Tags

, , ,

At a local farm stand or art fair, you might have seen the small business vendors pull out a small, square, pronged tool that they plug into their cell phones and then use to swipe credit cards. This device, aptly named Square, allows these companies to do business with customers who often carry no cash.

But Square’s presence is about to get much more prominent than the local vendors could manage. Although Starbucks already has a mobile payment app, it has decided to install Square devices in its stores. Eventually, the transaction won’t require the customer to show anything to get his or her beverage: no money, no credit card, not even a cell phone.

Specifically, customers will need to download the Square app on their phones. The first time they use it at their local Starbucks, they show the barista at the cash register the bar code. From then on, their phone will send a signal to the Square device any time they come back into the store. The register will feature the customer’s name and picture; simply by stating their name, customers can pay for their drink.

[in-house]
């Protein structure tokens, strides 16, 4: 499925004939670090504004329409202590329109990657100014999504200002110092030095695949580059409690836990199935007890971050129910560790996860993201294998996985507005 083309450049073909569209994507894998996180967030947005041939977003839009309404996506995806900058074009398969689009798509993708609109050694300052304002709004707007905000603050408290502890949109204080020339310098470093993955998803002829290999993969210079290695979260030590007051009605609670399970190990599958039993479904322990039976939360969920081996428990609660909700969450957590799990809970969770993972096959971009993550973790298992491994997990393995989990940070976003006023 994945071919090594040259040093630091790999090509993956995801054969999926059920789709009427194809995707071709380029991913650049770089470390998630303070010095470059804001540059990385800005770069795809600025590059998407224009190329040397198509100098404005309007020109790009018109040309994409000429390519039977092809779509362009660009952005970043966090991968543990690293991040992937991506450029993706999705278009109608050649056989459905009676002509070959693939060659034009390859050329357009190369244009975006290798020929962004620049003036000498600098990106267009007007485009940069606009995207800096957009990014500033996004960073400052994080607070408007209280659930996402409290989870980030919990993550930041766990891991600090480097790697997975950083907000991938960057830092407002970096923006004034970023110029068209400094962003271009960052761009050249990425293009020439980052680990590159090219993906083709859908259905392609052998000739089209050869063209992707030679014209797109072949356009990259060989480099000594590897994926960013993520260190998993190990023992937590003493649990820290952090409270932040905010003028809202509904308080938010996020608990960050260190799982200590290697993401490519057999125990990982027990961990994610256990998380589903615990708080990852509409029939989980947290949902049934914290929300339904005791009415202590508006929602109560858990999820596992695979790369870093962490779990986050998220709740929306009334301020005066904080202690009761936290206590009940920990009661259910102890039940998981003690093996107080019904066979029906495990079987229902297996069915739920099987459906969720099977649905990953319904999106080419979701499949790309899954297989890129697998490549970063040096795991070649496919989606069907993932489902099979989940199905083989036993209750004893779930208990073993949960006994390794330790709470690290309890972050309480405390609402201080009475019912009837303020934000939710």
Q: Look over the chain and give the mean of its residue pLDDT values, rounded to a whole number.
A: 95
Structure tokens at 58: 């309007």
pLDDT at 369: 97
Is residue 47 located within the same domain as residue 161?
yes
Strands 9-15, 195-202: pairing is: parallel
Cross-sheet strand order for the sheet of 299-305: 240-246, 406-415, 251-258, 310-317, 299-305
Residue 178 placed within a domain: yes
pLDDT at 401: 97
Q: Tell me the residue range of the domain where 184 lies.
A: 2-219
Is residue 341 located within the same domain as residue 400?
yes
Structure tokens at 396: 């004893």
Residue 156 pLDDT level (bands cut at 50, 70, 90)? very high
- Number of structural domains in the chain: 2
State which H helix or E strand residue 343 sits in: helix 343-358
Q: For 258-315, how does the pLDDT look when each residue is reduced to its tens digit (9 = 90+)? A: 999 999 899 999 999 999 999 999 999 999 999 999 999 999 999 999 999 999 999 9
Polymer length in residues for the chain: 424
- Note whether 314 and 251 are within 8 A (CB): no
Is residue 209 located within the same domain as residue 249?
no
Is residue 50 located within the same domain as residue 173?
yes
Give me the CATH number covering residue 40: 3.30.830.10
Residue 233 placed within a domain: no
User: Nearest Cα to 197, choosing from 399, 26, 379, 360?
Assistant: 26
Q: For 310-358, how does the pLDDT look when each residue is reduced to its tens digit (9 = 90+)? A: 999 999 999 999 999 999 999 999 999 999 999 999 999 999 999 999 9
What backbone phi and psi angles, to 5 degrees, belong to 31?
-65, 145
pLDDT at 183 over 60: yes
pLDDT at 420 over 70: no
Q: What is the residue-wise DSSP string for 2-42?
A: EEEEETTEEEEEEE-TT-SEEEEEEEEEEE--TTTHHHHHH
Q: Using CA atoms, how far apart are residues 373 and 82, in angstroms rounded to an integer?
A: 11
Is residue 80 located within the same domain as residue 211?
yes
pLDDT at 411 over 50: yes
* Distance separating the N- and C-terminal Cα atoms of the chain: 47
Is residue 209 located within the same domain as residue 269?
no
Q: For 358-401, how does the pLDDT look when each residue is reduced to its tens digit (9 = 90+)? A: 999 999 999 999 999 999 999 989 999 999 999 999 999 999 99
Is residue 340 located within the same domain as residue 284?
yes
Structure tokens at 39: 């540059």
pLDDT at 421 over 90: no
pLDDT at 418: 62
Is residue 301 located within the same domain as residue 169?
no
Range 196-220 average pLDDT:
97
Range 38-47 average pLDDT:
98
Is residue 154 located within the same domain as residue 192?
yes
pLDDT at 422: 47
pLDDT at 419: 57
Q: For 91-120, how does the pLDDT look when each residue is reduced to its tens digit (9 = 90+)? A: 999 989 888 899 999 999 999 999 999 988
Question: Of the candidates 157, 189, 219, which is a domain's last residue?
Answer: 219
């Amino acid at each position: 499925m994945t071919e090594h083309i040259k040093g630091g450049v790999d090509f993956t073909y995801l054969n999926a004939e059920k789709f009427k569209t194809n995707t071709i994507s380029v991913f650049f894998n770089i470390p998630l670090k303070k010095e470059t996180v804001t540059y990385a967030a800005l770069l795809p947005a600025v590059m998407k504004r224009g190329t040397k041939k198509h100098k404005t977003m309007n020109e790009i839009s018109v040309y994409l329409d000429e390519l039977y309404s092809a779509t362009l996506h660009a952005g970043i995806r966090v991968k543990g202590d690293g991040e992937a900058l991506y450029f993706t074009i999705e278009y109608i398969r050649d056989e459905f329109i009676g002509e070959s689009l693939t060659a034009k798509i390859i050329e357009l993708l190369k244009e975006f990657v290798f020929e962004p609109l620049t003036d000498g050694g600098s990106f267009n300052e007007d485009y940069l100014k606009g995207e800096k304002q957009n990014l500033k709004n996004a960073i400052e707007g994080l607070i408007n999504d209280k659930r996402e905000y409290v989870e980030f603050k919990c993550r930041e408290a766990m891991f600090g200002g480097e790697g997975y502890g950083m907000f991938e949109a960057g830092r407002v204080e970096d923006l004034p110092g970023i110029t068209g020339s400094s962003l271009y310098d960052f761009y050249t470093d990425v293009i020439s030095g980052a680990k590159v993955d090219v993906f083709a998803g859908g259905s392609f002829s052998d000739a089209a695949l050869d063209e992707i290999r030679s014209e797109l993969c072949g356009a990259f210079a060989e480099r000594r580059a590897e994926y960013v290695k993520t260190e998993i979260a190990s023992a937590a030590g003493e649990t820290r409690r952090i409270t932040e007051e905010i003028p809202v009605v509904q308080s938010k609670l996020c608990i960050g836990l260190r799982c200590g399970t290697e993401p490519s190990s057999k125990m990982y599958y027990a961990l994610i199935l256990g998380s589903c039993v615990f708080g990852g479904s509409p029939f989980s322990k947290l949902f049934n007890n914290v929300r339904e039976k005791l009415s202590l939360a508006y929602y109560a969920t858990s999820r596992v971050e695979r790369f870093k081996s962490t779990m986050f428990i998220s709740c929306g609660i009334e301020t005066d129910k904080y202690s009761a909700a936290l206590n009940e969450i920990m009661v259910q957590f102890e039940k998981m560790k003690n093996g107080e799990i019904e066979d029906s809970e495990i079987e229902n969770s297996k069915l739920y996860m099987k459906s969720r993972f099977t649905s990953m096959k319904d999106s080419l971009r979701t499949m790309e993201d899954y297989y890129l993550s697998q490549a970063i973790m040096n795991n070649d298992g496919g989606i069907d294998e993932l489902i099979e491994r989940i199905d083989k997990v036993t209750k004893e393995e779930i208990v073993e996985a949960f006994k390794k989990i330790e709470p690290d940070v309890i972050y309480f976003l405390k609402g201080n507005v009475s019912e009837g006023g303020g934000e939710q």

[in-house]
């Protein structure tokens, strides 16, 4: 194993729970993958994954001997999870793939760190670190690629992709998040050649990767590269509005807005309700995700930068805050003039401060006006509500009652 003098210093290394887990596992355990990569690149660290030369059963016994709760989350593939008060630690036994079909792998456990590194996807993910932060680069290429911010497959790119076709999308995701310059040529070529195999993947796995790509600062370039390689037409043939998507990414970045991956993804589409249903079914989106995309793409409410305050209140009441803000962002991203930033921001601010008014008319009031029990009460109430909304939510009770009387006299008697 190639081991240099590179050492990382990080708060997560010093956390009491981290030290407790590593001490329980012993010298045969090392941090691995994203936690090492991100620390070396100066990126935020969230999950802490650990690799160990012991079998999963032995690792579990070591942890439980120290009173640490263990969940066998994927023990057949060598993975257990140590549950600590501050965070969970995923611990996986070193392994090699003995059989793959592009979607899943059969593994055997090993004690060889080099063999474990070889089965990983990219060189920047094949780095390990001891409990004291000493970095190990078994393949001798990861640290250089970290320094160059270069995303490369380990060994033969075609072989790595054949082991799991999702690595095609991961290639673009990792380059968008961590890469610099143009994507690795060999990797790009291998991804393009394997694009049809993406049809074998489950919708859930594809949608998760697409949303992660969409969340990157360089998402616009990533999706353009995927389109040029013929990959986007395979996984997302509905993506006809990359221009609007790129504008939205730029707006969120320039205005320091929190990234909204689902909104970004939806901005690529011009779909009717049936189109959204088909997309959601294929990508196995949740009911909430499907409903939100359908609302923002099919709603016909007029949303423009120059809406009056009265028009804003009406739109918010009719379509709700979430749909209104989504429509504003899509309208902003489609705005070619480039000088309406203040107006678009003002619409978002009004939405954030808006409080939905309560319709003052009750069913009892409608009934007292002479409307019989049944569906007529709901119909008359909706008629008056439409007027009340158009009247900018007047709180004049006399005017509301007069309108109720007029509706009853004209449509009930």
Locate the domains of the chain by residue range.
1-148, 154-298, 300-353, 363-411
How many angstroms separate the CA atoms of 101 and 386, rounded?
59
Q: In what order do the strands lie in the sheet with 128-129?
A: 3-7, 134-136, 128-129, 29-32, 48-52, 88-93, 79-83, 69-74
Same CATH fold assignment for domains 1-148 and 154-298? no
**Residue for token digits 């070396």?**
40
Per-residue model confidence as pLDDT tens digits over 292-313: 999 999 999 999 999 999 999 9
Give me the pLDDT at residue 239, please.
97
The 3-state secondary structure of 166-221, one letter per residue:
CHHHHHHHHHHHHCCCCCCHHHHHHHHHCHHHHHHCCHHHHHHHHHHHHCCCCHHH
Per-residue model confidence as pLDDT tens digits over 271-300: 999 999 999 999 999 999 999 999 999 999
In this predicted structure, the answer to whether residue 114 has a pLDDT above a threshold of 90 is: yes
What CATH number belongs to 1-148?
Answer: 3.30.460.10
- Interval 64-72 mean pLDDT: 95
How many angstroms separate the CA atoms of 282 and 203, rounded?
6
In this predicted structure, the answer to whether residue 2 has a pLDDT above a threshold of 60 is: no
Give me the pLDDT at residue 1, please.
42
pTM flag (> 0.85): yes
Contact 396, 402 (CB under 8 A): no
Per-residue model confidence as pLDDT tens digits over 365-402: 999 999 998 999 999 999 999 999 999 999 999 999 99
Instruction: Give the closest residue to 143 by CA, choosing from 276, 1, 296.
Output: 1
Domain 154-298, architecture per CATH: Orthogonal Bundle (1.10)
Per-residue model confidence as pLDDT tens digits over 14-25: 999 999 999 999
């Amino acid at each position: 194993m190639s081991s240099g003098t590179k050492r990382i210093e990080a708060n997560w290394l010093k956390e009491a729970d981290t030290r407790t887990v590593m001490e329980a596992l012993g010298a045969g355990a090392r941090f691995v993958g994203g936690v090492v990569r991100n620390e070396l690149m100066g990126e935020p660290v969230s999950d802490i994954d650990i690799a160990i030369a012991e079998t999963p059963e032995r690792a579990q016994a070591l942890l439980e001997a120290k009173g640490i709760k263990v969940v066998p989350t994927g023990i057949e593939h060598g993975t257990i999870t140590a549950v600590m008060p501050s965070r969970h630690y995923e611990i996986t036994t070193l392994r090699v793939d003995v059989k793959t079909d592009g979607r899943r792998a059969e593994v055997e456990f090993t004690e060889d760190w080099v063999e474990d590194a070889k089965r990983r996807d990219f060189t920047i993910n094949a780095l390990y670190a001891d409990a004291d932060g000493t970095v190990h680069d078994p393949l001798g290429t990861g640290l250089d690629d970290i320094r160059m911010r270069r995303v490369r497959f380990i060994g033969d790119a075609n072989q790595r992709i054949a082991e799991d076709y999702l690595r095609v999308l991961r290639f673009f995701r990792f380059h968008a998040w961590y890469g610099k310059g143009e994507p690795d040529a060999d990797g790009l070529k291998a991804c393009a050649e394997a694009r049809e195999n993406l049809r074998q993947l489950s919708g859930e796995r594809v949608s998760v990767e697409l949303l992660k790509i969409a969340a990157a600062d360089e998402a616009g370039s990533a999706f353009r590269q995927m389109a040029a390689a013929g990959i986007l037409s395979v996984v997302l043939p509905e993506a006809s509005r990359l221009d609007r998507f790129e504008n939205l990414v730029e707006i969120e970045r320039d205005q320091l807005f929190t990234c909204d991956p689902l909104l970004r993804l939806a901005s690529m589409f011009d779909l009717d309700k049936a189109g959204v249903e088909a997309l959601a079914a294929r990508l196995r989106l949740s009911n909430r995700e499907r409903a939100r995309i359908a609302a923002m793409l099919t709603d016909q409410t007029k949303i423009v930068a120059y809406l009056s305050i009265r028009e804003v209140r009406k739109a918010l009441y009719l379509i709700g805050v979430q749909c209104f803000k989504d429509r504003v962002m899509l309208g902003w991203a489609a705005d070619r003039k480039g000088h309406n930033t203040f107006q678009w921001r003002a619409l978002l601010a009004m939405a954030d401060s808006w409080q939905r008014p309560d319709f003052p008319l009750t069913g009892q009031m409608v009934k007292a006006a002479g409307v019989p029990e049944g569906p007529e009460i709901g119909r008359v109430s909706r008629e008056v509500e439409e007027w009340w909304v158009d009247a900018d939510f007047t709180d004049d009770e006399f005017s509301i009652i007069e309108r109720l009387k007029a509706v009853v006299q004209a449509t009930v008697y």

This functionality overcomes one of the main remaining barriers to smartphone payments. Customers figure if they need to get out their phone, why not just reach for their credit card? By eliminating this step, the Square method in Starbucks stores makes it far more convenient for a customer to pop in for a mocha, Frappucino, or chai tea everyday.

Furthermore, a recent survey showed that 30 percent of U.S. consumers indicated their interest in mobile payment applications—especially young buyers who already do nearly everything on their phones. According to Starbucks’ chief executive Howard Schultz, “My hope is that by creating a national footprint for Square technology in all Starbucks stores in the U.S., that it will be a catalyst for Square to get access to tens of thousands of other small business and democratize payments.”

He’s so confident of that expansion, Starbucks even invested $25 million in Square!

Discussion Question

  1. Would you use the Square payment method at Starbucks and other retailers? Why or why not?

Source: Claire Cain Miller, “Starbucks and Square to Team Up,” The New York Times, August 8, 2012

Advertisements